This is supposed to make you feel better. Like being given a “participants medal” when you finish out of the top ten.
The third thing that can happen is that he’ll brighten and say, “Yes, let me bring it!”
Then you experience a moment of hope… right up to the point that the “gluten-free” menu arrives.
I have seen no less that two dozen of these, and they’re all the same. Imagine a photocopied memo from corporate headquarters, wrapped in plastic that still, somehow, has grease stains underneath. At in a small box near the top of the page are the items that are gluten free, and they invariably consist of the same three offerings: Caesar salad, milk, and a baked potato—your basic “who needs teeth?” three-course meal.
OK, there are a FEW variations. But this is usually it. With one additional thing—a salutation from their attorney:
If you keel over and do a face-plant in our guacamole, we are not culinarily culpable. Because we, heretofore known as the party of the first part, have duly notified you, hencetoforth known party of the second part, forthwith, of the following facts and falderal, namely:
“The food-like dishes you will- or will-not be served are prepared in a kitchen-like space that may or may-not contain other, gluten-like cootie-compounds. We really don’t know and could, legally speaking, care less. But rest assured, our staff has taken reasonably-prudent protective measures. Specifically, we’ve attached this disclaimer to your menu and made you read it…. So now you can’t sue us.
“Neener, neener, neener.”
I don’t know about you, but this really spikes my appetite, but not so much as going days without eating anything more substantial than a toasted tablecloth.
After I read the menu, and put it down, the waiter returns, with a look of concern on his face, and asks two questions.
“Did you find anything you like?”
And then, without waiting for an answer, they wonder aloud…
“So what happens when you DO eat gluten?”
I used to think they were being polite. Now I realize that they’re terrified that the fumes from the garlic bread are going to cause me to have a seizure. I assure them that they needn’t worry; I’m not allergic—I won’t end up in an ER—I’m just intolerant.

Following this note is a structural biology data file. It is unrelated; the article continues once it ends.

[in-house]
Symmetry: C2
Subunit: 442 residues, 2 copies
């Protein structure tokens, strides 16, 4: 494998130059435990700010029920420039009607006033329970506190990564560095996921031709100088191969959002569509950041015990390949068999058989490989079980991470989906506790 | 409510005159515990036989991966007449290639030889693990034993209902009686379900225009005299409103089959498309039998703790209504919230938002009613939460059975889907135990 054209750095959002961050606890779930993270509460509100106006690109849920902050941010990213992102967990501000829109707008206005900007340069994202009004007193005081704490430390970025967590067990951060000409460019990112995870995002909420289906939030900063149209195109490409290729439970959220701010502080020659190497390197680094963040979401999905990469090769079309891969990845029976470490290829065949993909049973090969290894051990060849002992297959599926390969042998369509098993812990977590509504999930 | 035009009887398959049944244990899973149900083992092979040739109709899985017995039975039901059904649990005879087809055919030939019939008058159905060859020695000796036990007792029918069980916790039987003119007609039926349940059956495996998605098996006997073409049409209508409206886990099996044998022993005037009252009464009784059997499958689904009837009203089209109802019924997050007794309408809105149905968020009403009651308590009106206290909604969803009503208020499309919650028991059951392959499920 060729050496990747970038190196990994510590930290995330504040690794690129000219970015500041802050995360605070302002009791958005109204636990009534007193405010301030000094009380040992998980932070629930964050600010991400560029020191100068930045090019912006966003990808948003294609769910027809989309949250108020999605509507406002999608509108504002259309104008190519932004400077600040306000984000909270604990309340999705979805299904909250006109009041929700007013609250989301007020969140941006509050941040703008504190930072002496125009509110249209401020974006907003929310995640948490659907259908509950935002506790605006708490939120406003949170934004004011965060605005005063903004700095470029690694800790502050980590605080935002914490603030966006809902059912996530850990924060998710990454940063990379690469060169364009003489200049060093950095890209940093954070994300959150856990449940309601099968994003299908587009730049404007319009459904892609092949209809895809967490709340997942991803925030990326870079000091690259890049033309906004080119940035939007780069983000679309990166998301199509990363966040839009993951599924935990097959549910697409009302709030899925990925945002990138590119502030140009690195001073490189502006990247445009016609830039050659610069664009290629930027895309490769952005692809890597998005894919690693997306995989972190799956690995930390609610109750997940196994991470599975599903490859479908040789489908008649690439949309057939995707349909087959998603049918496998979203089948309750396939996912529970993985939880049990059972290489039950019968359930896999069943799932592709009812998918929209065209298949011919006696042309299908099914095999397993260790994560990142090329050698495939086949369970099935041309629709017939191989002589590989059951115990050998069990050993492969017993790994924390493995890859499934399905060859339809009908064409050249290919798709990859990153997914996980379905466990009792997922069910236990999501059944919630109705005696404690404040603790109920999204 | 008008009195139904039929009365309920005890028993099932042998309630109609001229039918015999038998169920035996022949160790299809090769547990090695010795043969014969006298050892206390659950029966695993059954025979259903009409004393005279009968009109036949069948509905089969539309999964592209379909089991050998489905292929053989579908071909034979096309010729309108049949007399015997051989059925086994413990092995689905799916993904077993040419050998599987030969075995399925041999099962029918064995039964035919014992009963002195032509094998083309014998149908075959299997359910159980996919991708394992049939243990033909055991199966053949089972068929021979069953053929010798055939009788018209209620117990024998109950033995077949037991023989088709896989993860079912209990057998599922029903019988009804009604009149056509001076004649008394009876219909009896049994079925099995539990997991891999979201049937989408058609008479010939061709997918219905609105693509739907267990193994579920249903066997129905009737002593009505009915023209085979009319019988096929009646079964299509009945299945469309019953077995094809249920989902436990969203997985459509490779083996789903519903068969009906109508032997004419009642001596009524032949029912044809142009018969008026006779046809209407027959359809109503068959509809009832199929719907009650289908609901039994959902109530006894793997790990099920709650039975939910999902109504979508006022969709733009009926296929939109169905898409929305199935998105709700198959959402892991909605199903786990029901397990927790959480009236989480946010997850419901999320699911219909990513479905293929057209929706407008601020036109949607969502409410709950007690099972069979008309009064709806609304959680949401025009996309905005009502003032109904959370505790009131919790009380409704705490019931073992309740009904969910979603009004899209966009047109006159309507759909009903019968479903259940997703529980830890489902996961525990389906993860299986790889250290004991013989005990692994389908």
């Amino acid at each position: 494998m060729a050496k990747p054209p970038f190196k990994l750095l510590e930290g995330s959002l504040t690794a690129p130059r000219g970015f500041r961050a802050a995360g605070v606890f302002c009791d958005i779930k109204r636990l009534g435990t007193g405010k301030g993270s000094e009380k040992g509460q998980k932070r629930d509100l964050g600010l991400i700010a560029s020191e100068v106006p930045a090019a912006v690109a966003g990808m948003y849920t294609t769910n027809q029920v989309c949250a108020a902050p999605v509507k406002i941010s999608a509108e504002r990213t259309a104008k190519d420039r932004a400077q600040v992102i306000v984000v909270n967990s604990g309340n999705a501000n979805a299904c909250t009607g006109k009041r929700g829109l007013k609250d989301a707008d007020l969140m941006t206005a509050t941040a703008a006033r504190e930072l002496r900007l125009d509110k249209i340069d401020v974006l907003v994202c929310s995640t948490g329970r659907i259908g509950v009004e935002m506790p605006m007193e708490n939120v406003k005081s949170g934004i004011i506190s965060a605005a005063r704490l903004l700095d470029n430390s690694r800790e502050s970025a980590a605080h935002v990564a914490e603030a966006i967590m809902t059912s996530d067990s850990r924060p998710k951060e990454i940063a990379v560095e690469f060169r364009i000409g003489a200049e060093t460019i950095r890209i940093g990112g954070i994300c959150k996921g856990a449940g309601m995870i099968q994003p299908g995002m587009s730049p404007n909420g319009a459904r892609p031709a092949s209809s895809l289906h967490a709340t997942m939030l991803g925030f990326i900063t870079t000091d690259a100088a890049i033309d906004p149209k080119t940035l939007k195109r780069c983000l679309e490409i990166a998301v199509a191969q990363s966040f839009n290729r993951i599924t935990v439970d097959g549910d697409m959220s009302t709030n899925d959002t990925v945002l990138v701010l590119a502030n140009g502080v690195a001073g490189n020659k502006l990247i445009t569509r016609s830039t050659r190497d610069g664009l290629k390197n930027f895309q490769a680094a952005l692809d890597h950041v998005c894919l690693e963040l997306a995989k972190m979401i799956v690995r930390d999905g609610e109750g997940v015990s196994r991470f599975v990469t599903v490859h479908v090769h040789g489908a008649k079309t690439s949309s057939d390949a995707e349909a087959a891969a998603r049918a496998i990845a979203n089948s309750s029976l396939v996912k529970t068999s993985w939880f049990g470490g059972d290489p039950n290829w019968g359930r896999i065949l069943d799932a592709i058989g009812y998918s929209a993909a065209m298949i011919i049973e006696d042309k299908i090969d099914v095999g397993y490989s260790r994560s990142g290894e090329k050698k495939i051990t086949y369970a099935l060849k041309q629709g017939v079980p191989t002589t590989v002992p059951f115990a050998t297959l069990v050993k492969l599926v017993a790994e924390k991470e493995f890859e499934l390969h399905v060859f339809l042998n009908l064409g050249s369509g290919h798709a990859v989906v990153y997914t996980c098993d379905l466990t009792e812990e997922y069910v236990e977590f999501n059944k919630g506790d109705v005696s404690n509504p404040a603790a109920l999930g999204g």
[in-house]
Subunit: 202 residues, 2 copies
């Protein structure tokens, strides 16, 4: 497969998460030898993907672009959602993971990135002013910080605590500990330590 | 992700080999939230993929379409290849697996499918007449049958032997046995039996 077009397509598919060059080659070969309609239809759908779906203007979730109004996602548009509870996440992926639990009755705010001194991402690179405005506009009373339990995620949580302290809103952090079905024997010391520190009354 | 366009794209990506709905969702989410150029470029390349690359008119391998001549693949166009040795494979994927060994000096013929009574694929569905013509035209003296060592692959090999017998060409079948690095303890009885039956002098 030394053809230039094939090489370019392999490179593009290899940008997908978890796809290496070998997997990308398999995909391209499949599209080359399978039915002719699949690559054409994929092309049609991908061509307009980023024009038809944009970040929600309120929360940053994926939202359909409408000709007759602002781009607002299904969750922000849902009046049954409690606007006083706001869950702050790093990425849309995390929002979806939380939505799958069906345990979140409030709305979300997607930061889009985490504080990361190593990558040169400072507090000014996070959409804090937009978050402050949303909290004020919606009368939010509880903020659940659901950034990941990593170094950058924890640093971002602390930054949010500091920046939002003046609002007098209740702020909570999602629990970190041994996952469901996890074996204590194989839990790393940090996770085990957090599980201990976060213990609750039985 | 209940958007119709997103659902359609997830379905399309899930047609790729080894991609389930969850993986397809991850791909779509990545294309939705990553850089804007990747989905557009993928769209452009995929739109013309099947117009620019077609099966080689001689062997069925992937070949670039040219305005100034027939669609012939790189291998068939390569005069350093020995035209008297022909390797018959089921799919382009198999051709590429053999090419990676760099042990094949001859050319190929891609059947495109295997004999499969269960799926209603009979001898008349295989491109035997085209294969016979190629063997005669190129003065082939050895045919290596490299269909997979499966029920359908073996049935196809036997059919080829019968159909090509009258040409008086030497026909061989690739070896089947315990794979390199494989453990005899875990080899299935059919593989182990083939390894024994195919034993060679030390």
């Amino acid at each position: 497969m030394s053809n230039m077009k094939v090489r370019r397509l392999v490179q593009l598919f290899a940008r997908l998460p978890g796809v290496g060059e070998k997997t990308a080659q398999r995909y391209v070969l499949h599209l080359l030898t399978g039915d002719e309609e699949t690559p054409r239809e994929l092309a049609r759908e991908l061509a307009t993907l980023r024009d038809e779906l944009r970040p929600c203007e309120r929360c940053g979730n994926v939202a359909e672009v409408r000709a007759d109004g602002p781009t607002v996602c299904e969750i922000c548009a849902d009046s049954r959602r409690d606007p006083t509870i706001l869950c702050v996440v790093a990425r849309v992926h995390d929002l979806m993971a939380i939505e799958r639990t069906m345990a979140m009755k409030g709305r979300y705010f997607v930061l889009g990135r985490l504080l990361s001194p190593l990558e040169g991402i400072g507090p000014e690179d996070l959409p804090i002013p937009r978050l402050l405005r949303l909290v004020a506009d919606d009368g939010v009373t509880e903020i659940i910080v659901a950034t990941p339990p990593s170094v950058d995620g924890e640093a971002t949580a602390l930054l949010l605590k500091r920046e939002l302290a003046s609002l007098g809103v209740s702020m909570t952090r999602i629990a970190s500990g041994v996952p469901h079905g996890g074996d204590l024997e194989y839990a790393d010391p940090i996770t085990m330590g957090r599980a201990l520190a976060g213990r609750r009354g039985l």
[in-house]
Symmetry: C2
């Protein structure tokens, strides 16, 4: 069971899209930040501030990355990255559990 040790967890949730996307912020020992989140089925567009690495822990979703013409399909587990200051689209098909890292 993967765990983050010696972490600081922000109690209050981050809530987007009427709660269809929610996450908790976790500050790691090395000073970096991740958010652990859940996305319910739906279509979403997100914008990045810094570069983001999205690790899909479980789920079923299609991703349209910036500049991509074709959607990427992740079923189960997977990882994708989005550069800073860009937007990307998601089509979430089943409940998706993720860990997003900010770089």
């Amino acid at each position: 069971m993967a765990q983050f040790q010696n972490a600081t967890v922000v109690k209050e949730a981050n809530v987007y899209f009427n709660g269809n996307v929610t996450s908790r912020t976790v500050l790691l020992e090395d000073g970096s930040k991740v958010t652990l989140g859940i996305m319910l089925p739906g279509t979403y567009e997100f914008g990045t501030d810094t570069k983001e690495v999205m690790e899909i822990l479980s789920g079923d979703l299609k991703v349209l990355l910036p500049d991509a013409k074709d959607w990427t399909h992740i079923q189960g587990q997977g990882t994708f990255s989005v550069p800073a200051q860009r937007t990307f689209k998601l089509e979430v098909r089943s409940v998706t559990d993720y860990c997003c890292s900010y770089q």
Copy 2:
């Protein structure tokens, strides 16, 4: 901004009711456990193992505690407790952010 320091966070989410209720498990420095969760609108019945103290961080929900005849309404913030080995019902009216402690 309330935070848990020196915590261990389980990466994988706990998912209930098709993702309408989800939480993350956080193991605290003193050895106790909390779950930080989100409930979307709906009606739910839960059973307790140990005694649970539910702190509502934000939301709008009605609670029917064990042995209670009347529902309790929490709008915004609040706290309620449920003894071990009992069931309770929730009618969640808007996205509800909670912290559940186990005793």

Then comes the bonus-round question.
“So, what’s that like?”
You have to wonder what sort of hospitality-training invites discussion, over dinner in a public place, of projectile vomiting or explosive diarrhea.
I usually say, “I just don’t feel well.” But this seems to disappoint them. After all, I’ve gone to the trouble of asking for a special menu, and becoming their most-fussy customer of the evening. My great-aunts used to do this, and I hated going out for family reunions with them because I was embarrassed and annoyed by their prissiness. I was not subtle in my complaints. My intent was for my theatrical groans to be loud enough to be heard even if their hearing aids were acting up.
These otherwise saintly women must be in heaven right now, laughing their asses off, as I groan for real.
So, to end this line of questioning, I usually say something like this:
“Well. It’s a bit like eating a small bag of sleeping gerbils. They go down smooth, but then they wake up, very angry, and are determined to scratch and claw their way of of my stomach and intestines.”
This usually produces a grimace. Then, I lean in, and whisper my closer.
“Ever see the movie ‘Alien?’ The scene where the person gags and then explodes?”
At this point, the server nods, horrified.
“They used a gluten-intolerant stunt double, and fed him a Twinkie.”
So that’s life without gluten. It’s possible, but I can’t recommend it. It reminds me of the conversation I had years ago with my grandfather, when he was told to give up bacon and eggs. I called him one morning, and he was grumpy and gruff. So I tried to cheer him up.
“Remember,” I chirped, “it’s good for you.”
“But, Grandpa, the doctor says you’ll live longer.”
“No, you won’t,” he snorted. “You’ll just feel like you have.”
Robb has enjoyed writing and performing since he was a child, and many of his earliest performances earned him a special recognition-reserved seating in the principal’s office at Highland Elementary. Since then, in addition to his weekly column on A News Cafe – “Or So it Seems™” – Robb has written news and features for The Bakersfield Californian, appeared on stage as an opening stand-up act in Reno, and his writing has been published in the Funny Times. His short stories have won honorable mention national competition. His screenplay, “One Little Indian,” Was a top-ten finalist in the Writer’s Digest competition. Robb presently lives, writes and teaches in Shasta County. He can be reach at email@example.com.